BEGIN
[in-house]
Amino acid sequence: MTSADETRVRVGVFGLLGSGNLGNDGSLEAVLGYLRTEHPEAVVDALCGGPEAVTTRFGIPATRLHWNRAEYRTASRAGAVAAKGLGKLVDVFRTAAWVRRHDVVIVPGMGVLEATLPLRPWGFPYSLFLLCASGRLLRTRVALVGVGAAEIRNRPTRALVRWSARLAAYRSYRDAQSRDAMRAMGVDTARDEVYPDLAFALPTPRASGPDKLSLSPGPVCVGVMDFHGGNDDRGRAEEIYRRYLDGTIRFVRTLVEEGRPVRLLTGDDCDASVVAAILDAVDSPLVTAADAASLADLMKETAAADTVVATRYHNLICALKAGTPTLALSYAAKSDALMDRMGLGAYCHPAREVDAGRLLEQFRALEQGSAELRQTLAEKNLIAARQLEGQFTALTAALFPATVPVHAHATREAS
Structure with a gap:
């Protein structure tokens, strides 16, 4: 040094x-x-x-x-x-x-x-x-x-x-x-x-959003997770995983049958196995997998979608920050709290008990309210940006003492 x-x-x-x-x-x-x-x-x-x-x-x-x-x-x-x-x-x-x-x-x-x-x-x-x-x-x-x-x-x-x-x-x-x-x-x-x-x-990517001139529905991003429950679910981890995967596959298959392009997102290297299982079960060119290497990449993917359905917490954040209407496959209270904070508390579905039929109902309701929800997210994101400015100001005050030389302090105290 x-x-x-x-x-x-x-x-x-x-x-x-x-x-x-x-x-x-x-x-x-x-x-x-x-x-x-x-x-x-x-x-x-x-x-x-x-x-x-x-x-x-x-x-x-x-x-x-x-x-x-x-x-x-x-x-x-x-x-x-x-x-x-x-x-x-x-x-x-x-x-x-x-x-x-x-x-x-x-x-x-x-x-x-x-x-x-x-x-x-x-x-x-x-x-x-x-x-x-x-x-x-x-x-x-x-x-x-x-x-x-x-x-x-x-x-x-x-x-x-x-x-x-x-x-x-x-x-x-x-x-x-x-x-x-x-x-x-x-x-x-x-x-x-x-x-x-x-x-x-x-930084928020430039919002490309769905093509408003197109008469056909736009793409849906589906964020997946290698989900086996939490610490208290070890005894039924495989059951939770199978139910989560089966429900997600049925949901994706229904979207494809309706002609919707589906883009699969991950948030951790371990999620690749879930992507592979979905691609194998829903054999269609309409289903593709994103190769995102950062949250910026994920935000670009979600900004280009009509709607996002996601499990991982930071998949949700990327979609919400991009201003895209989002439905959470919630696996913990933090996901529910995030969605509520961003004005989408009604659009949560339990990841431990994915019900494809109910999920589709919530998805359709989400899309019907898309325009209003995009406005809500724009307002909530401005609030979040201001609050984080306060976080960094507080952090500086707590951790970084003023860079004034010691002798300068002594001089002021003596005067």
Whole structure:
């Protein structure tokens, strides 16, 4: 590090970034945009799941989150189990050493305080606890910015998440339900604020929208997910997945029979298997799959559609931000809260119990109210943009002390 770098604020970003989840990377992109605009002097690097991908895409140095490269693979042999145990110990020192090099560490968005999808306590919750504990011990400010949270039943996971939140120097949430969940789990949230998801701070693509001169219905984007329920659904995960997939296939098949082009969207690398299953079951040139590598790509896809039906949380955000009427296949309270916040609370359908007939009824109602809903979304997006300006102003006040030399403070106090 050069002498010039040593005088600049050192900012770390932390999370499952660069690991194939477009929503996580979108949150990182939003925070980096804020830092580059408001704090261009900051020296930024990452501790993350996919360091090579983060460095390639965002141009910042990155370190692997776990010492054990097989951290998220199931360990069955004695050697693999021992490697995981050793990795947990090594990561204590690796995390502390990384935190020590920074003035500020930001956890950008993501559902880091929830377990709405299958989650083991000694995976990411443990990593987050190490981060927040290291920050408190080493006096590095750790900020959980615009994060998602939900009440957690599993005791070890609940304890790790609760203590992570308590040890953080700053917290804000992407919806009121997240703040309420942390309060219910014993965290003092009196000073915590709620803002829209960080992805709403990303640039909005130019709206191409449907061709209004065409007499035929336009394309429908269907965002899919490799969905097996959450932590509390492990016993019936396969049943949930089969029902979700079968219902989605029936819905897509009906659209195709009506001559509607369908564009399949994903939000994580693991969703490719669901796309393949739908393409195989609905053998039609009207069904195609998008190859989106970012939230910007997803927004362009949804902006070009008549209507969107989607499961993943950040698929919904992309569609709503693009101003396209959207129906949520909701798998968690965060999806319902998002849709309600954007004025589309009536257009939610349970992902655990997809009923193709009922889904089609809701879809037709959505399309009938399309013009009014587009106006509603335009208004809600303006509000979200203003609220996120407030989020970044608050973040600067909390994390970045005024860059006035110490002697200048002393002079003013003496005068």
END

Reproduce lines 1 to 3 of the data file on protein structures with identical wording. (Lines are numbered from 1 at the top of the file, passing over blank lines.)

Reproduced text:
[in-house]
Amino acid sequence: MTSADETRVRVGVFGLLGSGNLGNDGSLEAVLGYLRTEHPEAVVDALCGGPEAVTTRFGIPATRLHWNRAEYRTASRAGAVAAKGLGKLVDVFRTAAWVRRHDVVIVPGMGVLEATLPLRPWGFPYSLFLLCASGRLLRTRVALVGVGAAEIRNRPTRALVRWSARLAAYRSYRDAQSRDAMRAMGVDTARDEVYPDLAFALPTPRASGPDKLSLSPGPVCVGVMDFHGGNDDRGRAEEIYRRYLDGTIRFVRTLVEEGRPVRLLTGDDCDASVVAAILDAVDSPLVTAADAASLADLMKETAAADTVVATRYHNLICALKAGTPTLALSYAAKSDALMDRMGLGAYCHPAREVDAGRLLEQFRALEQGSAELRQTLAEKNLIAARQLEGQFTALTAALFPATVPVHAHATREAS
Structure with a gap: